Tuesday, October 10, 2006

Aesop Rock: The Beat Q & A

A few months back, I had the chance to interview Aesop Rock, in anticipation of his Santa Cruz show in August. It was an interesting conversation, with Aesop sharing some of his personal thoughts; the recently married, 30-year-old rapper moved to the Bay Area this past year and is settling down into married life.
But he's still a beast on the mic, as evidenced by his Santa Cruz show, which was all gritty and chain-smoking cough underground hip-hop. Still, it was cool talking to a dude who sounds like your typical newlywed underground mc who just moved to a new town.
Here's an excerpt from the interview. Enjoy.

You ready to talk man?
I just woke up in time for it (laughs).

I appreciate that man. Thanks for taking the time to talk to The Beat.
Oh, of course. No problem.

Have you performed in Santa Cruz before?
No, I haven't. I've done San Diego, LA, San Francisco, but for some reason I never get to these other California cities. So this is my first time.

It's a different scene out there, more of a surfer vibe. It's cool, though.
Yeah, yeah, that's what I heard.

You moved out to the Bay Area in the last year or so.
That's true

Have you adjusted to that? How was the transition coming from the east coast?
It's pretty good so far. I lived in New York my whole life, so it's definitely a switch up. But so far, it's totally different.

What are the differences?
The weather for one. Right now, it's like 104 in New York, and I'd be fucking dying. It's just weird, like, different ways that people approach other people. It's hard to put into words. Things I never noticed when I was here because I was only out long enough for a show or something. But now that I've been here for along time, people just have a different attitude. It's not a better or a worse attitude, but it's just kind of funny how... when interactions go down it's completely different than they would in New York...

At this point I'm like, I could be kind of anywhere. I just do my work, have my wife and a few friends, that's all I need. When I was younger, I was running around in New York and taking advantage of the city and... I kind of don't do that anymore. Now, I'm just enjoying the weather.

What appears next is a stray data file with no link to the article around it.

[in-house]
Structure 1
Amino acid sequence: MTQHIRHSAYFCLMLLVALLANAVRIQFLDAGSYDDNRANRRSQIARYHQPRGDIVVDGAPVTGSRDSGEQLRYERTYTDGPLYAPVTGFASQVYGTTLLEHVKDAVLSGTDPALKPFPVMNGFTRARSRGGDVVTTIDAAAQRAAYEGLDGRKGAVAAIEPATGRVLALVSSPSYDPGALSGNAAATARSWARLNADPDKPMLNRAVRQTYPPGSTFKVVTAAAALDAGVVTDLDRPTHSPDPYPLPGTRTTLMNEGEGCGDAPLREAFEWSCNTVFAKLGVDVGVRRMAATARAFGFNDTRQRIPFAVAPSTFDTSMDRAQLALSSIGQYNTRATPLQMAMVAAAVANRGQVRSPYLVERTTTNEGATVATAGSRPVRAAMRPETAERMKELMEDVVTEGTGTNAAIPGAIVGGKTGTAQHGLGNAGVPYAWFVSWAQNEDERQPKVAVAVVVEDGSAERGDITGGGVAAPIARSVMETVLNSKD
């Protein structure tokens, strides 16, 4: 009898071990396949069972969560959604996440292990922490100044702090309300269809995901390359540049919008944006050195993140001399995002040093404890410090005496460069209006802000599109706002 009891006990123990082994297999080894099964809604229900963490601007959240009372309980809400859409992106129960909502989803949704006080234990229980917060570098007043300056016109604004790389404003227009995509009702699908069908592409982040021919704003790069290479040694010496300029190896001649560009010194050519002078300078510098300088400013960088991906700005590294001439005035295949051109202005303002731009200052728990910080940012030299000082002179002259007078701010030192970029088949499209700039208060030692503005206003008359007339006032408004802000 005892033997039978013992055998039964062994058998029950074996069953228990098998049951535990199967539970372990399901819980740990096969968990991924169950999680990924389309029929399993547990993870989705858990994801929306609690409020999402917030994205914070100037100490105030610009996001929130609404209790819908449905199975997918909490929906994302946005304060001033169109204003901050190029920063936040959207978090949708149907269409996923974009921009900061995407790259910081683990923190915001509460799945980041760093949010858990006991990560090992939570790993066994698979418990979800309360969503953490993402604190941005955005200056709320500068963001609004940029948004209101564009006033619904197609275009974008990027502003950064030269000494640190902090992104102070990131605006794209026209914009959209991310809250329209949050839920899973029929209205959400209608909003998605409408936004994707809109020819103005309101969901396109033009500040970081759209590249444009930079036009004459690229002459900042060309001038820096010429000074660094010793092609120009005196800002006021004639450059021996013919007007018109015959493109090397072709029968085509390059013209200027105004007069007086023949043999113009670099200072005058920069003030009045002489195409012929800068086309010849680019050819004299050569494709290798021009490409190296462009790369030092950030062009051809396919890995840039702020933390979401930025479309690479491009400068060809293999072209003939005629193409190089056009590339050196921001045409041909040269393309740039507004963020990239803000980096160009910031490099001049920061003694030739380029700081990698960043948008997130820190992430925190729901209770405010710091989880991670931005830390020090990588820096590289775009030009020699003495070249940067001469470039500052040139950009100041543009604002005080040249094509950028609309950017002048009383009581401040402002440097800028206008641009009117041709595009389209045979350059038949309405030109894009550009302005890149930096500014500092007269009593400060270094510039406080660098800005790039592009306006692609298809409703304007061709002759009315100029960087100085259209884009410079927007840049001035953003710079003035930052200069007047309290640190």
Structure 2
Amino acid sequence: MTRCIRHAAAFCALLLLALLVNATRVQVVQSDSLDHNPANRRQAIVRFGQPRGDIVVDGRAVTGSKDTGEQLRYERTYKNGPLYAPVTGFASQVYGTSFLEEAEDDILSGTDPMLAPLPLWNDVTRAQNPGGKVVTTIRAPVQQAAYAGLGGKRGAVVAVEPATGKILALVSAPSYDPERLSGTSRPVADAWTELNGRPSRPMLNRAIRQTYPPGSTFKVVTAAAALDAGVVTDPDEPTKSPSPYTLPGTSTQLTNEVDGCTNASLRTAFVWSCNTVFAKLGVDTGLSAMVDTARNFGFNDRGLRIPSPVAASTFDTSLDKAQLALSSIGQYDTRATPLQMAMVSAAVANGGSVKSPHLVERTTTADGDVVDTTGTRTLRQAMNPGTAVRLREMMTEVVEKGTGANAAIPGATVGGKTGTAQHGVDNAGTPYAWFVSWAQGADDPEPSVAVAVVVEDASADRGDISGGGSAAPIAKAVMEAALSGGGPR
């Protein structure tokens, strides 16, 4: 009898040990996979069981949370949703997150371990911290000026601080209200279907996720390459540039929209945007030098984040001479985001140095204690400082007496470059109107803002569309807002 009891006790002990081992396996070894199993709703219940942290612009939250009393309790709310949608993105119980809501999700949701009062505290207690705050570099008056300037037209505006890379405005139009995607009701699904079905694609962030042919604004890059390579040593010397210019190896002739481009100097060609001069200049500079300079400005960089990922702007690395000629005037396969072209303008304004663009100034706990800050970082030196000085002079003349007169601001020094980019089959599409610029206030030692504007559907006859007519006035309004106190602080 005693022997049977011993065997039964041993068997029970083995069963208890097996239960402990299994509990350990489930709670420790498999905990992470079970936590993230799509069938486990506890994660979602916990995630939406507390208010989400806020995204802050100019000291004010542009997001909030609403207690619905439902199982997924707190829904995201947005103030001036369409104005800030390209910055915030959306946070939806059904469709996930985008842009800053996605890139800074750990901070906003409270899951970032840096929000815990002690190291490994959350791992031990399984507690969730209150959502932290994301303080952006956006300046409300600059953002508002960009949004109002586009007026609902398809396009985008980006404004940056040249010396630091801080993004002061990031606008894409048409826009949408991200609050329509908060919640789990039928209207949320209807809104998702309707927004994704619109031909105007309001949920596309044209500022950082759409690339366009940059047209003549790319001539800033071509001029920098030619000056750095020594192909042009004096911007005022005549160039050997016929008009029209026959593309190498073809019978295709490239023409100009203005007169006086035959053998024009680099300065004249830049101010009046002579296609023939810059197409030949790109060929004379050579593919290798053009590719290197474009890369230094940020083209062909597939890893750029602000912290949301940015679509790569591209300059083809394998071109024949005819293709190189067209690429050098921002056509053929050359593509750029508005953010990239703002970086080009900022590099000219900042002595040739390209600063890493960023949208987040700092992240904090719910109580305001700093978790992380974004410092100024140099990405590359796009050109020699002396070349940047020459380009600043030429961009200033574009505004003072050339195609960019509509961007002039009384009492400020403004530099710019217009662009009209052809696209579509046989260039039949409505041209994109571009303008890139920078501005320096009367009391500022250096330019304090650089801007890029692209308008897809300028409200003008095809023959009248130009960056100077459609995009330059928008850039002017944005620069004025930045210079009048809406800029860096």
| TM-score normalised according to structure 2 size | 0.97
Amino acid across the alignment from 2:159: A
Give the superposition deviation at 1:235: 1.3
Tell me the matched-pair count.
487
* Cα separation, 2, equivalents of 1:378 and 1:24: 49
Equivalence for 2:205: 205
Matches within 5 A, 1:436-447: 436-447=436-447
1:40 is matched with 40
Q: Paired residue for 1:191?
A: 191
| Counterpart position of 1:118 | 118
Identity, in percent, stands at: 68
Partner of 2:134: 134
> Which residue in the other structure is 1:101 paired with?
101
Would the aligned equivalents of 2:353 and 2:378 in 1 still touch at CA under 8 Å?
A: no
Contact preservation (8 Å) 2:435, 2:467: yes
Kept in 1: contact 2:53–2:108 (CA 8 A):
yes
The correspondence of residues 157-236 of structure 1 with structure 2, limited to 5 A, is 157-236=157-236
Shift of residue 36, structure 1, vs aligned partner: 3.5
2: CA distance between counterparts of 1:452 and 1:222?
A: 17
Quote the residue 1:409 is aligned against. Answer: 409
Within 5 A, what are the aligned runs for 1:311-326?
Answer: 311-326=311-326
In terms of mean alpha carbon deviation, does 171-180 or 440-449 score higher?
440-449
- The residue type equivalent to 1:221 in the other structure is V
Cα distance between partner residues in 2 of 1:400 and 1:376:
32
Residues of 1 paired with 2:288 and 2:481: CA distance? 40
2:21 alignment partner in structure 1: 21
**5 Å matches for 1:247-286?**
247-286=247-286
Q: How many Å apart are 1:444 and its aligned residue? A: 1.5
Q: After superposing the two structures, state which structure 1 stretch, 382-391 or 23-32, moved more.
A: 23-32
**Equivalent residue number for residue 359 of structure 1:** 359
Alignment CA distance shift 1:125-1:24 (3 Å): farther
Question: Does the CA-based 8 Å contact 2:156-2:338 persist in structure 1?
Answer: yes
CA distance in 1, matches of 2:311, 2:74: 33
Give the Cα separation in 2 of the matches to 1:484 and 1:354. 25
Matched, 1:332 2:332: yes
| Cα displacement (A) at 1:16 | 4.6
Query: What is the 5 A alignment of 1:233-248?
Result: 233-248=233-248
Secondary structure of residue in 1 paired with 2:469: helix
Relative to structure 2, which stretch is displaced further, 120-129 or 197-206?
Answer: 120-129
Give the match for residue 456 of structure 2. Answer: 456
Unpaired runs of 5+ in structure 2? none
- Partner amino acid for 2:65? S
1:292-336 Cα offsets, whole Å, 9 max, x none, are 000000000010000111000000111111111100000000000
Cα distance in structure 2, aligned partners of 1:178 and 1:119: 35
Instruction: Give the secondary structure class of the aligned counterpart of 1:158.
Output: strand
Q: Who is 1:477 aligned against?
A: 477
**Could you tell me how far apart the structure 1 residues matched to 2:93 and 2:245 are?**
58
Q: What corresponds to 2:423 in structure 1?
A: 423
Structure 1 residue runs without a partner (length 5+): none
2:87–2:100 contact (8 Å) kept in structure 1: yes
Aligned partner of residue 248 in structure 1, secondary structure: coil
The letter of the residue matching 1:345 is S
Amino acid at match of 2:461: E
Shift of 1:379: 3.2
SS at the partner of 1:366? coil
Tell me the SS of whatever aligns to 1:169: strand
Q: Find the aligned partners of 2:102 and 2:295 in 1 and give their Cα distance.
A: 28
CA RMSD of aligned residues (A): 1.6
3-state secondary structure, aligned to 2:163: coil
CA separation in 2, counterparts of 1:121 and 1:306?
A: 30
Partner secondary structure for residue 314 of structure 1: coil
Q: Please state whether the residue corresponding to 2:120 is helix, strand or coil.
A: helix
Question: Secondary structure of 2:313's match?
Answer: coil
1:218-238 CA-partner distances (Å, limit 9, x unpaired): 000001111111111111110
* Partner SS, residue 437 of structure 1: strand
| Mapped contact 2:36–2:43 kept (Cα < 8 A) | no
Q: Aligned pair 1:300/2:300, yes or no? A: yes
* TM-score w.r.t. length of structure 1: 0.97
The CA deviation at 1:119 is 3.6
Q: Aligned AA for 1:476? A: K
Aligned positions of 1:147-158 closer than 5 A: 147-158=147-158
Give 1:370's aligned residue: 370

It sounds like you're getting grown (laughs). Are you recording right now in the Bay?
Yep, we're just doing shows a couple times a month. But for the most part, we're just recording, trying to prepare a release for next year.

I wanted to ask you about this children's book with Jeremy Fish, can you break down how that came about?
The project, it's called "The Next Best Thing." Basically, me and Jeremy, and I don't know how familiar you are with his work, but I was familiar with his work before I got here. I own one of his prints. We both have friends in common. He contacted me. He was offered a chance to pitch a cartoon to a television network. He wanted to know if I would do the music and I said "fuck yeah." And then the cartoon went on the backburner, some of the people at the network left. But we just became friends and I was like "I'm moving to San Francisco in a week." I came out here and he was kind of the first person to show me around the city and we got to become pretty good friends. We started talking about other ways to collaborate, we were fans of each other.

The actual idea for the book was... we both feel that kind of like, musicians and visual artists never collaborate enough, or rather to an extent that's kind of cool. A lot of times when you're making a record, and it comes time for the art work, you work on the record for1- 2-3 years, however long it's taken and when it's time to come out you're like "Oh shit, I need some artwork." So by the time it comes out, at the last moment you just kind of whip something up.
We were just trying to go through ways that people in the past have combined art and music, and we brought it back to the 70s. How Disney was making the storybooks of like "Peter and the Dragon," and there would be a little book and in the back, it's a 7-inch record. You put on the record and you hear the sound effects to turn the page, the little chimes...it seemed like the perfect marriage for visual art and making some music.

I'm not familiar with Jeremy's work, but I am familiar with yours, and the thought of an Aesop Rock children's book seems so off the wall.
The idea was taken from these Disney books that were children's books...It's not necessarily geared towards the youngest audience. We sort of put an adult take on these children's books.

So it's kind of tongue in cheek?